product. How would you reconcile this with private enterprise and incentives to invest in a communist society? Despite the current trope of ‘the worker owning the means of production’ popular with Marxist memes, in reality the worker in the factories and offices does not need to own the fruits of their labour / means of production. As if they won’t have enough on their plates already. Better to let existing private companies, with their own developed Management Systems, work in partnership with the State. The role of the worker would be a role of continual training and advancement of skills so no one would be without leadership and management skills. The concept of individual career workers would be eliminated when everyone is given the same chance. These skills can then be taken across to any industry or service. Better to let the owners of these companies concentrate on the running and the management at the highest level. But there is still the issue of Globalisation. If we break from the state of being accumulators, then surely aggressive economic expansionism is an anathema. The needs to establish hegemony in areas rich in oil and minerals would be outlawed, ergo military imperialism. I’m not sure what the exact term is for a State to restrict its communism within its own borders, but that’s what I would like to see. Let other Nations deal with their own politics. In conclusion, communism can liberate mankind from its current state of profit orientated existence based on exploitation and inequalities. Communism would treat every human in exactly the same way. If there were categories for humans it would be based on their ability and willingness to exchange their labour for social housing, good education and useful employment. Those that couldn’t would be helped to move up the skills trees, through mentoring from skilled workers.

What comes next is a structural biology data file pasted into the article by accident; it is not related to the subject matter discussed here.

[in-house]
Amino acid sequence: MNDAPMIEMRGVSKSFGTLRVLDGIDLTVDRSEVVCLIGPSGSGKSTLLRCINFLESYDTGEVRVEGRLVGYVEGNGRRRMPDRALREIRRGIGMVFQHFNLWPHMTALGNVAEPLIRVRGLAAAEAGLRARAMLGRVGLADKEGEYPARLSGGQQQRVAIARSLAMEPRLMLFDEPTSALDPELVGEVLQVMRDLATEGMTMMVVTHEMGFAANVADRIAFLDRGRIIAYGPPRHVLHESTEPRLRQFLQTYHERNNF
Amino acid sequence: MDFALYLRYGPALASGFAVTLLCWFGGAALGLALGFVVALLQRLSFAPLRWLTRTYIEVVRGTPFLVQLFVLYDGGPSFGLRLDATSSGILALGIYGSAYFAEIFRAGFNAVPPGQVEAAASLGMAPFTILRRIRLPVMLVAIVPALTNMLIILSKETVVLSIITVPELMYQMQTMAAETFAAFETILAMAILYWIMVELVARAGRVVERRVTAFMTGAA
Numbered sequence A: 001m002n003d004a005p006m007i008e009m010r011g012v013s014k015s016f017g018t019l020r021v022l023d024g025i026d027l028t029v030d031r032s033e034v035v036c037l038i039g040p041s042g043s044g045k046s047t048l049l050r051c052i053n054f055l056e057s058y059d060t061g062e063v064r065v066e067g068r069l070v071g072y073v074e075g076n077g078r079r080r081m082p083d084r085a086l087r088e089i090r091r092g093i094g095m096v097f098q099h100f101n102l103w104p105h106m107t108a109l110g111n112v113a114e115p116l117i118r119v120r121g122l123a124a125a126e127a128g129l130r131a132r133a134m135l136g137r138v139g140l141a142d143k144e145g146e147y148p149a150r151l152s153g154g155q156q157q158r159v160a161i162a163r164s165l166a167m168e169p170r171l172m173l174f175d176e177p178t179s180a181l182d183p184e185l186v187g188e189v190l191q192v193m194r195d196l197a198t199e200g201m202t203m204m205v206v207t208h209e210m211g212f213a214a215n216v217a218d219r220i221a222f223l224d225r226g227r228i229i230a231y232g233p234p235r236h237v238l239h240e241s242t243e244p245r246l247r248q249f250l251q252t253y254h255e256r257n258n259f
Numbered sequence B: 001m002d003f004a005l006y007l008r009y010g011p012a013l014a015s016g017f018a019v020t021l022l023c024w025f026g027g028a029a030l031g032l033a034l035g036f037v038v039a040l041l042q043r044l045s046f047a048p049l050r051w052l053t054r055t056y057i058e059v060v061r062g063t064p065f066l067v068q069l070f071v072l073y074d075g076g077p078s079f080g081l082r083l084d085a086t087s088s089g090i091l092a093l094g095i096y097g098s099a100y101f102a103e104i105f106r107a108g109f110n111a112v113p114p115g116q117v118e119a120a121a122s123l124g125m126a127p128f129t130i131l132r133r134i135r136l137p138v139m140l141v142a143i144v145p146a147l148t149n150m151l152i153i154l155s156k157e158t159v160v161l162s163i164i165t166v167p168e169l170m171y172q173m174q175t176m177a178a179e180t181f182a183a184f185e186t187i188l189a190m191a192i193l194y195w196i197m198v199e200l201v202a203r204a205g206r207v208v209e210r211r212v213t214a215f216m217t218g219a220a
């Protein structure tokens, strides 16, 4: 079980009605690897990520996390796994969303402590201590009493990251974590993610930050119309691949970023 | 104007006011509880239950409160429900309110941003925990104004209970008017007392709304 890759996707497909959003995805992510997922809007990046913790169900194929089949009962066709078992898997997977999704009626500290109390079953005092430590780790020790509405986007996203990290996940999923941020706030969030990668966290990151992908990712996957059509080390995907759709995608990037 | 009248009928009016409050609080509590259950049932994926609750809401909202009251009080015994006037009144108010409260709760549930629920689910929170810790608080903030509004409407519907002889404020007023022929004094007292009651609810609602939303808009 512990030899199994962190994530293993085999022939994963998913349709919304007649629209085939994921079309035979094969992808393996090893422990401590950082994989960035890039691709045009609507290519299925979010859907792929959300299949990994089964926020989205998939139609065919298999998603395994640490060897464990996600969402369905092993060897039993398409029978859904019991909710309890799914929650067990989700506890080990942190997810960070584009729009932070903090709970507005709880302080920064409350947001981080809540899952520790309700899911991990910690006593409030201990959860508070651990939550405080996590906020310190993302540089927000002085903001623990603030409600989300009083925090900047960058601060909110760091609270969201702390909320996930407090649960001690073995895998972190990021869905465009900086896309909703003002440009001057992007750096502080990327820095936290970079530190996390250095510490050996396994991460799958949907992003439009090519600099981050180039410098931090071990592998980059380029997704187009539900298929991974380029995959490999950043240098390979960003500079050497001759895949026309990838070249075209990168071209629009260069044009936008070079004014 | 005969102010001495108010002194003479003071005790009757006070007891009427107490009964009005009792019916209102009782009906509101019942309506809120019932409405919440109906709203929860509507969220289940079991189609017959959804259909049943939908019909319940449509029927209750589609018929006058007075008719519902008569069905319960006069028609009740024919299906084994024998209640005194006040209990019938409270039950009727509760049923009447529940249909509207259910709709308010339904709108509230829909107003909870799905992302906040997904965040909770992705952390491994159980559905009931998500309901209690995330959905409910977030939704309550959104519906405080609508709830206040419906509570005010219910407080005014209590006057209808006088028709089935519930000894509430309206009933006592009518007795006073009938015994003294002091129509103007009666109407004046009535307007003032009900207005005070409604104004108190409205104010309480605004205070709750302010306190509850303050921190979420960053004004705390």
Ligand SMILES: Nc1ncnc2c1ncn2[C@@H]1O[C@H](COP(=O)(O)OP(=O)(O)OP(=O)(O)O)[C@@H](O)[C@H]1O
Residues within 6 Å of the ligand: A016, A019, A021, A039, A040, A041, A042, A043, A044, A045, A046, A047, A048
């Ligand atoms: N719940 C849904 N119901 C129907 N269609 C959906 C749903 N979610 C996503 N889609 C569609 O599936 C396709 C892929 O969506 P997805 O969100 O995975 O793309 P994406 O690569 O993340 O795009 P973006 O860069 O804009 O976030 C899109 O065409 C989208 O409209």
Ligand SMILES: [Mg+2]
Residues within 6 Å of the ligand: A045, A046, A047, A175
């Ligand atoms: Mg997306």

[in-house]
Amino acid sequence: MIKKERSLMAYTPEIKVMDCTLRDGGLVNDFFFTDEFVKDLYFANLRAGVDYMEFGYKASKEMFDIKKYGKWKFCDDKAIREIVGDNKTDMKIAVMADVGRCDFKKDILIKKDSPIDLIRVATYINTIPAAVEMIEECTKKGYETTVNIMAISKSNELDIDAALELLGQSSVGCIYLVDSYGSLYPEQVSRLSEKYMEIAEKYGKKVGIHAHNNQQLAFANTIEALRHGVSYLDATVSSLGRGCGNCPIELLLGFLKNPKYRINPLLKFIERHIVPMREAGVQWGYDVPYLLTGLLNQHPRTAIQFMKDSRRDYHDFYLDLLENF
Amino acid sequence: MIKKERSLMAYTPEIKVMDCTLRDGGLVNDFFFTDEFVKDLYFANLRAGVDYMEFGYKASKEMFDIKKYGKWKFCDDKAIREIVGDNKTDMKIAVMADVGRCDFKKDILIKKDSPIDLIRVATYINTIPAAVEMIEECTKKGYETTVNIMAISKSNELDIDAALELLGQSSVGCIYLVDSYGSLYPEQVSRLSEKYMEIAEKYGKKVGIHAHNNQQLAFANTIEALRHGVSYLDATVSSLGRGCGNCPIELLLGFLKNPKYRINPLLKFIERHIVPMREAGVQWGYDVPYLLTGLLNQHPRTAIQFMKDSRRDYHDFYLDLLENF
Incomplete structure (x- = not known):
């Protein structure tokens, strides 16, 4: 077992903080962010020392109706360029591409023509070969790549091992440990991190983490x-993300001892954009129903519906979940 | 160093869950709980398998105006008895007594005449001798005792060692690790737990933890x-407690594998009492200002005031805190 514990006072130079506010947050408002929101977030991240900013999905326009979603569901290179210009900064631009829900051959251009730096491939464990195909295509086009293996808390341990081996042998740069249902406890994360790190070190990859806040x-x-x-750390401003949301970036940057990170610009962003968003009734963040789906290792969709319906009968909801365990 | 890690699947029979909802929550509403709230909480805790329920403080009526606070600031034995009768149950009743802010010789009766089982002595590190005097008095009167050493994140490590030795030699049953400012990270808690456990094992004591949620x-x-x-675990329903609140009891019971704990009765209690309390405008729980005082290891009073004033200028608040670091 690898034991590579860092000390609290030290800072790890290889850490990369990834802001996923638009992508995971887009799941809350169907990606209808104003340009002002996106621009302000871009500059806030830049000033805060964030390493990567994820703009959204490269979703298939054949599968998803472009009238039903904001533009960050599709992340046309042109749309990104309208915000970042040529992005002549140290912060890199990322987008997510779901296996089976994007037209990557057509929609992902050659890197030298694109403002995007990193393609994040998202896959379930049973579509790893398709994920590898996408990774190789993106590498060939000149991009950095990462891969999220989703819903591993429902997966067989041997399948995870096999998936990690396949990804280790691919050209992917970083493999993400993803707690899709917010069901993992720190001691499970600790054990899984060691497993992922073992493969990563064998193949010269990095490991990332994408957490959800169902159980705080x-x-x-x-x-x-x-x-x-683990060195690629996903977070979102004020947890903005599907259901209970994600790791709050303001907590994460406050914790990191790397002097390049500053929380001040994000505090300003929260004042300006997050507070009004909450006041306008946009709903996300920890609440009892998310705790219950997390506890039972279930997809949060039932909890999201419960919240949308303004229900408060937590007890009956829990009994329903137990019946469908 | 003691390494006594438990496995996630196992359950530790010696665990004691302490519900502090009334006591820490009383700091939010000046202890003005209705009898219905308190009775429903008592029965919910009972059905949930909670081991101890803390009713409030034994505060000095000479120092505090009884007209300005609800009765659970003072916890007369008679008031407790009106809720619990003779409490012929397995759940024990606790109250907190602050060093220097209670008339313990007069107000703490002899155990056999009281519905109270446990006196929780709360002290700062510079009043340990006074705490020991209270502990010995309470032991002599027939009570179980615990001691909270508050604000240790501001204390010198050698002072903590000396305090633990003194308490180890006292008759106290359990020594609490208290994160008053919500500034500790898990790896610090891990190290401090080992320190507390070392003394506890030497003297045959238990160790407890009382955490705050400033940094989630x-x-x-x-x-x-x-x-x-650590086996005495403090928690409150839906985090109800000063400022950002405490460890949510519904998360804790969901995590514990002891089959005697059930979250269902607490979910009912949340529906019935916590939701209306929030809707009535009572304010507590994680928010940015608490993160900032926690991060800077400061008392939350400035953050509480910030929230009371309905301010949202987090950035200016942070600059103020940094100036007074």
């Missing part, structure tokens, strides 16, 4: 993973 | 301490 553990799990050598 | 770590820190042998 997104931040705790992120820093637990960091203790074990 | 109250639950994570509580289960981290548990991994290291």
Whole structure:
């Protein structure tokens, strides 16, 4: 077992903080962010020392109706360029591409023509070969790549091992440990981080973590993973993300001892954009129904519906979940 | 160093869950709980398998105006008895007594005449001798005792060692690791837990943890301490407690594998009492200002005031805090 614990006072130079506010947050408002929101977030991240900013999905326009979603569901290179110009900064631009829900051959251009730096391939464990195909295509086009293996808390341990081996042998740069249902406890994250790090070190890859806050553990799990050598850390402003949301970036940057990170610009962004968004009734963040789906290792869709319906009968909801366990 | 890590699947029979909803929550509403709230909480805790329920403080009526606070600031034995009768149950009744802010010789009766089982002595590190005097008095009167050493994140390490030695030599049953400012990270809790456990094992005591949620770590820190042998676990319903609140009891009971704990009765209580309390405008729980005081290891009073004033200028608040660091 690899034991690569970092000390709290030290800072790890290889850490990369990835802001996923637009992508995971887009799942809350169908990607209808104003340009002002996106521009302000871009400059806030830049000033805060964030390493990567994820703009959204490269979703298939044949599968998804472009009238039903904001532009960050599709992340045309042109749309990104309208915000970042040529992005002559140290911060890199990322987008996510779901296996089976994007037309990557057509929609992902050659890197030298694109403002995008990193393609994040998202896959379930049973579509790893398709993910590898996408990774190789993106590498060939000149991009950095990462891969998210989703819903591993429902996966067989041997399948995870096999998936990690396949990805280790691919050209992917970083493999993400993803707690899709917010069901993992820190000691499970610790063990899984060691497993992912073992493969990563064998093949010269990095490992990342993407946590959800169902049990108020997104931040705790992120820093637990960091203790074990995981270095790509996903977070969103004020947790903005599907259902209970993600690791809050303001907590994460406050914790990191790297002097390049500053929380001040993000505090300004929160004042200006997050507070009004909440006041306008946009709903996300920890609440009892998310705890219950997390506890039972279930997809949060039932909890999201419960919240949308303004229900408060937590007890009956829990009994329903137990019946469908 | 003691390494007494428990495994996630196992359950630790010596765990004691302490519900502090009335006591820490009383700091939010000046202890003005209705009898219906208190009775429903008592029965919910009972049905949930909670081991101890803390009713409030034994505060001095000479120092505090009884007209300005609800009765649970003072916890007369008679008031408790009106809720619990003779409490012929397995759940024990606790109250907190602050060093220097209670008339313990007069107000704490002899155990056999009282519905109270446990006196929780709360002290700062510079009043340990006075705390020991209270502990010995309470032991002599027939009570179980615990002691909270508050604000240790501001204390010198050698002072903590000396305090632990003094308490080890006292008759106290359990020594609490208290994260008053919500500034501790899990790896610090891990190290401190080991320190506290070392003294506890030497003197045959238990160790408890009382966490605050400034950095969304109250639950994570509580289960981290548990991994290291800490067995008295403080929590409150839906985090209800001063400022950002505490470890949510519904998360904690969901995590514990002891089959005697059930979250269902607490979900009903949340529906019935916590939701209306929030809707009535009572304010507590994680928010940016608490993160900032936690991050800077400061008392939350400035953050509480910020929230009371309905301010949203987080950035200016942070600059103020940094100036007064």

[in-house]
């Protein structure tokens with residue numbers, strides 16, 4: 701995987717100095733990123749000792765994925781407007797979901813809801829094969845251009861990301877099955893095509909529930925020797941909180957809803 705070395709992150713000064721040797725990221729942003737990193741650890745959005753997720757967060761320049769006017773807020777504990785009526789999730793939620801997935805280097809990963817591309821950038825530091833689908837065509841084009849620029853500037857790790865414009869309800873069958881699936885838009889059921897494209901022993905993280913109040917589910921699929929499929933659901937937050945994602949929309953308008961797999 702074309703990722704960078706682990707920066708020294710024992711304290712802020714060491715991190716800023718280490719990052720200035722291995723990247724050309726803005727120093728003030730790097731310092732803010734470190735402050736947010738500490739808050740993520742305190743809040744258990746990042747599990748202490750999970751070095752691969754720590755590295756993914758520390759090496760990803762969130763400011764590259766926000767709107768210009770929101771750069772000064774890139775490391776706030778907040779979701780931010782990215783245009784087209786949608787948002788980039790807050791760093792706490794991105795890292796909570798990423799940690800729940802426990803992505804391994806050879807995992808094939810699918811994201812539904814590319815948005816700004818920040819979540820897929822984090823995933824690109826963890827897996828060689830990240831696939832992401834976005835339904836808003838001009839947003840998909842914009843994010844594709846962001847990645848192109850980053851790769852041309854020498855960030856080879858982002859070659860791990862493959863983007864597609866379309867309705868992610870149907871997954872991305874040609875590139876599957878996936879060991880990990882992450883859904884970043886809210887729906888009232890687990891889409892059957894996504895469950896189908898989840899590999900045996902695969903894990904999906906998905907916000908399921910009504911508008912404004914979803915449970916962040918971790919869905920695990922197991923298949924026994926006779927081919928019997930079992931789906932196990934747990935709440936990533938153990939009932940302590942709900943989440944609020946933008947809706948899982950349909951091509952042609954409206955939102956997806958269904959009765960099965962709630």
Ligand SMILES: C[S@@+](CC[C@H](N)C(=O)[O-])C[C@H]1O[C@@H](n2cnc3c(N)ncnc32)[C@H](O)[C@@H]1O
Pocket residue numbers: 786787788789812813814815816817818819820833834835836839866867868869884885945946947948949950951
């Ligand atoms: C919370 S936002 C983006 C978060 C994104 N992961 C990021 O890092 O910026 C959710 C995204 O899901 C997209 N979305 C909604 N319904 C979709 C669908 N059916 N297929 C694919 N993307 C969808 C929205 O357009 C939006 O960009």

The Unite d’Habitation social housing block would be the ideal solution to provide equal shelter for everyone. Designed by Le Corbusier, the blocks proportioned to the human scale brought good daylight and well proportioned spaces to mass housing. The pilotis (supporting columns and walls) liberated the ground to be given to the occupants as urban green spaces for recreation and health. Roof terraces encouraged the mixing of habitants as well as reinforcing the idea of shared responsibility for maintaining common spaces. With the State organising the planning and construction of such buildings, the role of the speculative builder and their eyesore houses consuming precious land would be eliminated.

views expressed in ‘Civil Society’ are those of the contributor and do not necessarily reflect the views of this zine


Steady Diet no.12 v.7  
Steady Diet no.12 v.7